Tuesday, June 11, 2019

Marianne Szlyk writes

Thelma at the Prado
            After Bosch’s Garden of Earthly Delights

Hell might as well be on another planet,
circling a distant, winking star.

Musical instruments litter the parched surface
where the damned swarm out from a shattered bass. 

Bosch has tattooed musical notes
on naked bodies strewn across hard stone.

Beside an overturned table, a gap-toothed girl glares.
Balancing a die on her head like a halo,

she sings off-key to a rabbit’s blasts on a pipe.
In the background, all buildings burn.

Sinners break ranks like beetles,
riding knives on the acidic river

to escape the flames and the artist’s gaze.
The Garden of Earthly Delights [center panel] -- Hieronymus Bosch
Hieronymus Bosch’s The Garden of Earthly Delights
The Garden of Earthly Delights [left panel] -- Hieronymus Bosch
The Garden of Earthly Delights by Hieronymus Bosch
The Garden of Earthly Delights [center panel] -- Hieronymus Bosch


  1. Joen van Aken was born (maybe ca. 1450) in his grandfather's house in 's-Hertogenbosch (colloquially called Den Bosch) -- "the Duke's forest," founded by Hendrik I van Brabant in the 12th century. Only about 25 paintings and 8 drawings are confidently attributed to him (7 are signed "Jheronimus Bosch," though the practice of artists signing their work was unusual at the time; some of the signatures are forgeries), and another 1/2 dozen paintings are attributed to his workshop. He left behind no letters or diaries, and the only information about him is derived from references in the town's municipal records and in the account books of the Illustre Lieve Vrouwe Broederscha (Illustrious Brotherhood of Our Blessed Lady), a local religious confraternity to whom his father was the artistic director. It is unknown when "The Garden of Earthly Delights" was painted, but in 1517, a year after Jheronimus' death, canon Antonio de Beatis of Molfetta, Italia, described it as part of the decoration in the Bruxelles palace of count Henry III of Nassau-Dillenburg-Dietz: "There are some panels on which bizarre things have been painted. They represent seas, skies, woods, meadows, and many other things, such as people crawling out of a shell, others that bring forth birds, men and women, white and blacks doing all sorts of different activities and poses." When the count died in 1538 the painting passed to his nephew Willem van Oranje, the leader of the Dutch war of independence against Spain. In 1568 Fernando Álvarez de Toledo y Pimentel, 3rd Duke of Alba de Tormes, confiscated it; known as "the Madroño" (the strawberry tree, Arbutus unedo) it passed to Felipe II's illegitimate son Fernando, and then to Felipe in 1591.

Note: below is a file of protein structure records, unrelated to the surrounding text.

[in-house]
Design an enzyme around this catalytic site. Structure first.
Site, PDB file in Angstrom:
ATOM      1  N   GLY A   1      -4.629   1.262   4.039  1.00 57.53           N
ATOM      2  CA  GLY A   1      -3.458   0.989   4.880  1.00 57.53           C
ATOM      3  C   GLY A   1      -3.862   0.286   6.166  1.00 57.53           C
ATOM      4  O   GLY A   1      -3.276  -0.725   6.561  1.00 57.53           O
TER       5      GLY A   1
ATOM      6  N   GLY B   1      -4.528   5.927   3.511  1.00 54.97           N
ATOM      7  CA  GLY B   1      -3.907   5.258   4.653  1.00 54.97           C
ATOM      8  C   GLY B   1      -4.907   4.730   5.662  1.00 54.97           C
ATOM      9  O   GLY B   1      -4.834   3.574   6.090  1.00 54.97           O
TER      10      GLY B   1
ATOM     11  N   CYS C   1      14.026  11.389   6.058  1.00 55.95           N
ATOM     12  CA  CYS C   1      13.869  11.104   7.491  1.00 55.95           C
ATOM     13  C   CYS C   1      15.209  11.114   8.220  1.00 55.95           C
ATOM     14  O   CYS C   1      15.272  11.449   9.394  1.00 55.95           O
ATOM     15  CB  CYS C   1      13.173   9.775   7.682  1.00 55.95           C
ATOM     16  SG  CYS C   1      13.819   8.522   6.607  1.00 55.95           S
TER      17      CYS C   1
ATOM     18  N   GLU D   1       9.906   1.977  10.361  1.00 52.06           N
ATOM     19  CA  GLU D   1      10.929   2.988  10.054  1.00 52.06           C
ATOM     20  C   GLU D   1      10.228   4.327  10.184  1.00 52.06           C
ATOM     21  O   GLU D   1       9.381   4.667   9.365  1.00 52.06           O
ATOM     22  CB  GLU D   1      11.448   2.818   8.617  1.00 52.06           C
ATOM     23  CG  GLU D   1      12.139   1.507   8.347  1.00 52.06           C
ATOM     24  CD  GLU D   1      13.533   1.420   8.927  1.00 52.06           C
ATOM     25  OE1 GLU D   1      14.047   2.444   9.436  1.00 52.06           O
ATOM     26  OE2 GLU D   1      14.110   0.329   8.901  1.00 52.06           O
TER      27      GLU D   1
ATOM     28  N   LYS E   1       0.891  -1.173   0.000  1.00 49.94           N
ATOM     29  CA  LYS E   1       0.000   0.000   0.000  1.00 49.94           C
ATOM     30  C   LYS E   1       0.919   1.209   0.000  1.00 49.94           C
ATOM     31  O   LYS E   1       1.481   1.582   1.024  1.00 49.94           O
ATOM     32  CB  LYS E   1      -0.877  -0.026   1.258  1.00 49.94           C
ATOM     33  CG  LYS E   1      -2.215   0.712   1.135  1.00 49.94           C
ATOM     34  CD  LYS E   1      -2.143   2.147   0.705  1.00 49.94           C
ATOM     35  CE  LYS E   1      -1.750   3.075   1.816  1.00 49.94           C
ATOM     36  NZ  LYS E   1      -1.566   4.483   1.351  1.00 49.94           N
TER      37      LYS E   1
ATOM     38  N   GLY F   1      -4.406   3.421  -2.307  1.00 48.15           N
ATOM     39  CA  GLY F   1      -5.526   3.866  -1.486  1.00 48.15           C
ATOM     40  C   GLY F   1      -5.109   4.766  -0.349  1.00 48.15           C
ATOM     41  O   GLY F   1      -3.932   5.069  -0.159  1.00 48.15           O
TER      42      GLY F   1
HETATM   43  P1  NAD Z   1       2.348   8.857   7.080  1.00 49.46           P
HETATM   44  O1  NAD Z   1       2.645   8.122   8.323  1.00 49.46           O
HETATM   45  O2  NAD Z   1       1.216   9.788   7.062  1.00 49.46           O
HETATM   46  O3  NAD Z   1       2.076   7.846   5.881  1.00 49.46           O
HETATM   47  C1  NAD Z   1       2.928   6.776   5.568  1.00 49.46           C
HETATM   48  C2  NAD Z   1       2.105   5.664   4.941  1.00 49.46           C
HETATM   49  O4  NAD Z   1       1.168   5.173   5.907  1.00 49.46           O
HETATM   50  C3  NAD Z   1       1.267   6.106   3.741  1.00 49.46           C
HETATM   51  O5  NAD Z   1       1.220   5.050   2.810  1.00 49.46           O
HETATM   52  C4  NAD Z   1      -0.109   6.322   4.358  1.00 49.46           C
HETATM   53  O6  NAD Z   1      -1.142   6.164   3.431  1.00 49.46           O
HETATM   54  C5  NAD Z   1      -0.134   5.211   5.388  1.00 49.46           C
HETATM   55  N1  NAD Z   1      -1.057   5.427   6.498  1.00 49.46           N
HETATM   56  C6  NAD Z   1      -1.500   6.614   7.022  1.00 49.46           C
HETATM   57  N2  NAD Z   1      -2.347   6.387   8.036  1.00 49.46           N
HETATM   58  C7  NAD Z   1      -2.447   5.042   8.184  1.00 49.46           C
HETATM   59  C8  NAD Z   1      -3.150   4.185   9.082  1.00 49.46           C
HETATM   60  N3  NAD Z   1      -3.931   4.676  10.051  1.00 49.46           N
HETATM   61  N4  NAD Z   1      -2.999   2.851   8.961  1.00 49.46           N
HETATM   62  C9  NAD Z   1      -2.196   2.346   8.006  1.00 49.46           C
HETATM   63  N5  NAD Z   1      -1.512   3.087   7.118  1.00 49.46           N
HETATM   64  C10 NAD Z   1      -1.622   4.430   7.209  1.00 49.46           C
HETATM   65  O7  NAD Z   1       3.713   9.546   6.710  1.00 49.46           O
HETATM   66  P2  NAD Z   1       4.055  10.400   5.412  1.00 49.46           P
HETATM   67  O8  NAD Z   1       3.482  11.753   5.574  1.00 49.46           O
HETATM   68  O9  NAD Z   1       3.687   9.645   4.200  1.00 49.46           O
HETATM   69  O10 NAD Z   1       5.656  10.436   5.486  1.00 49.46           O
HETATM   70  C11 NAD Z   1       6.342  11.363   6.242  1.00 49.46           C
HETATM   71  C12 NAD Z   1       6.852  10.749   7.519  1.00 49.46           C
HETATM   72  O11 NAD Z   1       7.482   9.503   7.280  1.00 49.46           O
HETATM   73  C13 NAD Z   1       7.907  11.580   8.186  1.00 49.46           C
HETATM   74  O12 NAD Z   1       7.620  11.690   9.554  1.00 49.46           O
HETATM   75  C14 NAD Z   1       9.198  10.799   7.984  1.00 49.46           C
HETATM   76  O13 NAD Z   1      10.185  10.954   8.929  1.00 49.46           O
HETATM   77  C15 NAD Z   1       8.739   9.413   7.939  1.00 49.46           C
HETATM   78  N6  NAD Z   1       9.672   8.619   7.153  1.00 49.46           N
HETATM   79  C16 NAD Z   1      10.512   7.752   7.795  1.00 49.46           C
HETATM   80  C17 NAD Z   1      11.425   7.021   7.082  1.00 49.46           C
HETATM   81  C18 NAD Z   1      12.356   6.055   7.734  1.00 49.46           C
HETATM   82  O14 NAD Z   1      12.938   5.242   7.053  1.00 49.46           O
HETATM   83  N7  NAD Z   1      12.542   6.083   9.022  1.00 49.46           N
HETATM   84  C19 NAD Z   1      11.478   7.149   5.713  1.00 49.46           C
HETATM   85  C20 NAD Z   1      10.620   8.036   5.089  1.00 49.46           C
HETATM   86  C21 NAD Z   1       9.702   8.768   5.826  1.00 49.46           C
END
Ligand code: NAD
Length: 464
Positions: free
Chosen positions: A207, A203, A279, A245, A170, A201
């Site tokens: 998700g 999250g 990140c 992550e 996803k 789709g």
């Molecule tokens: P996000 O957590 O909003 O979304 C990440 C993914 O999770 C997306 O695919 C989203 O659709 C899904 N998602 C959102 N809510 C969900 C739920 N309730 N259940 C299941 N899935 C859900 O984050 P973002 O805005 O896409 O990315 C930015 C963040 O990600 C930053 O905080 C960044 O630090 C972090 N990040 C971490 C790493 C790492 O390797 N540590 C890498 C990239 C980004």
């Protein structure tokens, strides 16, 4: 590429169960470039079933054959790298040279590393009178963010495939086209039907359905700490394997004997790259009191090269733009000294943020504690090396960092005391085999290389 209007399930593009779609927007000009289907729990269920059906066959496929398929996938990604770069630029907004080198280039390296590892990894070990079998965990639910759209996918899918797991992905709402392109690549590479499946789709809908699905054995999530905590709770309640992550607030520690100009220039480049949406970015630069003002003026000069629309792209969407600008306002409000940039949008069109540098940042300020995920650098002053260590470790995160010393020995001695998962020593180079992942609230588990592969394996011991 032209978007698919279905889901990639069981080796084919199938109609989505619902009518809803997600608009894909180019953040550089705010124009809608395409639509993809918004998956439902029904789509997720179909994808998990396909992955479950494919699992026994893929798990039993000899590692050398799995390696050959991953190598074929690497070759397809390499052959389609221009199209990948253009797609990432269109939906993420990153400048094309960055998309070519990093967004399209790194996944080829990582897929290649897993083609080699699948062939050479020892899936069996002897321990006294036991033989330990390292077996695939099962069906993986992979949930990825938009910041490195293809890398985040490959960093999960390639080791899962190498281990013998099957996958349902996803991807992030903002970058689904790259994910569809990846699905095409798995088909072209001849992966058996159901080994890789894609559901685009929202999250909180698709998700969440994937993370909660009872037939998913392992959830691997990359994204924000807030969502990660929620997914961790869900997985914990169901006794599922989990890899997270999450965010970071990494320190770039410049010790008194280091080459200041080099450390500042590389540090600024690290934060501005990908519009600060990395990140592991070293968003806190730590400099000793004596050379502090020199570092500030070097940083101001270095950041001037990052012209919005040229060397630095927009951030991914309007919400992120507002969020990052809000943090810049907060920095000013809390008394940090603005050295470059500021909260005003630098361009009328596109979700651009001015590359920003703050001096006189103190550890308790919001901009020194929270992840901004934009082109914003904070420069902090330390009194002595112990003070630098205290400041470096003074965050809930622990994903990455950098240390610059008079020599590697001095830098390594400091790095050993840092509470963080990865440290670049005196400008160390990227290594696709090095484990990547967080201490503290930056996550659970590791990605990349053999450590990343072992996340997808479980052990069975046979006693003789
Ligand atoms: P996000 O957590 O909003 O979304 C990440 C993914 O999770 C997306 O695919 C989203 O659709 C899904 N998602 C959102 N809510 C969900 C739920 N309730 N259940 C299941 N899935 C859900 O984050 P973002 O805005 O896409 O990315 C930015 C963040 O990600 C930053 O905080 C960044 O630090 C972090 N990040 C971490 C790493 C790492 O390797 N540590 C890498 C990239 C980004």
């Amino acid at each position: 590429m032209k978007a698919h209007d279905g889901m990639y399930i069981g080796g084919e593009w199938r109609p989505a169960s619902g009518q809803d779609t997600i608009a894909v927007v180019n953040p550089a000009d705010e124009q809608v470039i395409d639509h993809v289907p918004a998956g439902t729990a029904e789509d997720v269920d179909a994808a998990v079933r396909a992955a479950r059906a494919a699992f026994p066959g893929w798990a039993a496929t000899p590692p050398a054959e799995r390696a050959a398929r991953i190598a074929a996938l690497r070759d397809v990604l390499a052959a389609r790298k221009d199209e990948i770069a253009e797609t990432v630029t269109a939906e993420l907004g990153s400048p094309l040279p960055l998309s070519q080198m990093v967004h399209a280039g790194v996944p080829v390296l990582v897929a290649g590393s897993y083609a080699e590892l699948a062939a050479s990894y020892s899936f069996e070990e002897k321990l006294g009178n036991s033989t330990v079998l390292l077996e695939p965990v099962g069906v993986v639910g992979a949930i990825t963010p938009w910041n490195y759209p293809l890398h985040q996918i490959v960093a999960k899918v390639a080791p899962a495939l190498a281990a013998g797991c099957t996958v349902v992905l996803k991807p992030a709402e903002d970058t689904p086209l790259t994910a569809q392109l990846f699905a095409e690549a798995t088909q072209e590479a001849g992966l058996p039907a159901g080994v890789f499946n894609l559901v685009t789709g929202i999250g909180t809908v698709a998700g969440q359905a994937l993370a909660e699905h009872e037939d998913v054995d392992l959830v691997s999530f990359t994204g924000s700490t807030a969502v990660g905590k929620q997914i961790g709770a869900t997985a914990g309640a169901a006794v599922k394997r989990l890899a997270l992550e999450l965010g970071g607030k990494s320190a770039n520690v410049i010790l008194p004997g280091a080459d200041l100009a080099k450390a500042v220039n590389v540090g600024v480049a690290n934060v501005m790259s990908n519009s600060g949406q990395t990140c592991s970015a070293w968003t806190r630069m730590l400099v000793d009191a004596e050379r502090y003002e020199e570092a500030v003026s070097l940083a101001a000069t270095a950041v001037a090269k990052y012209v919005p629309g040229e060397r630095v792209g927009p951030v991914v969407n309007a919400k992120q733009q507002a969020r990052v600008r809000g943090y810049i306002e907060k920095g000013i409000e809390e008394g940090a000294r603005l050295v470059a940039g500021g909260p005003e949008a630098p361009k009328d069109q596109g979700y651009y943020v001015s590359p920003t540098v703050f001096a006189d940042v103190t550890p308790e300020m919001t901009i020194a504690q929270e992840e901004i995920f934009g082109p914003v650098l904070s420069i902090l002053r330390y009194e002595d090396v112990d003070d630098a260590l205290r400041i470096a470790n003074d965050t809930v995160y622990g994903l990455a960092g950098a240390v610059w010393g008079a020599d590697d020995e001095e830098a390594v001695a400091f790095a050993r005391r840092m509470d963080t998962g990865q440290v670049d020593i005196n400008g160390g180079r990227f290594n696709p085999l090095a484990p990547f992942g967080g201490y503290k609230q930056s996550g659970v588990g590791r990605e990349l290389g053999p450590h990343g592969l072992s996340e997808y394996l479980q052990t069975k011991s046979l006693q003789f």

2. Much of the Spanish royal art collection was eventually housed in the Museo del Prado in Madrid. The Paseo del Prado (the "walk in the fields"), where it is located, is one of the city's main thoroughfares and its oldest historical city street. The building was designed in 1785 by Juan de Villanueva to house the "Natural History Cabinet" but in 1819 its purpose was altered to become a Royal Museum of Paintings and Sculptures, holding 1,510 works taken from the various royal residences. When Isabella II was deposed in 1868 the museum was nationalized and renamed after the street on which it was located. It was subsequently enlarged by adding the collections of other museums upon their closure, especially the Museo Nacional de Pintura y Escultura (also known as the Museo de la Trinidad) in 1872 and the Museo de Arte Moderno in 1971. Today its holdings include around 8,200 drawings, 7,600 paintings, 4,800 prints, and 1,000 sculptures, as well as historic documents and other items.


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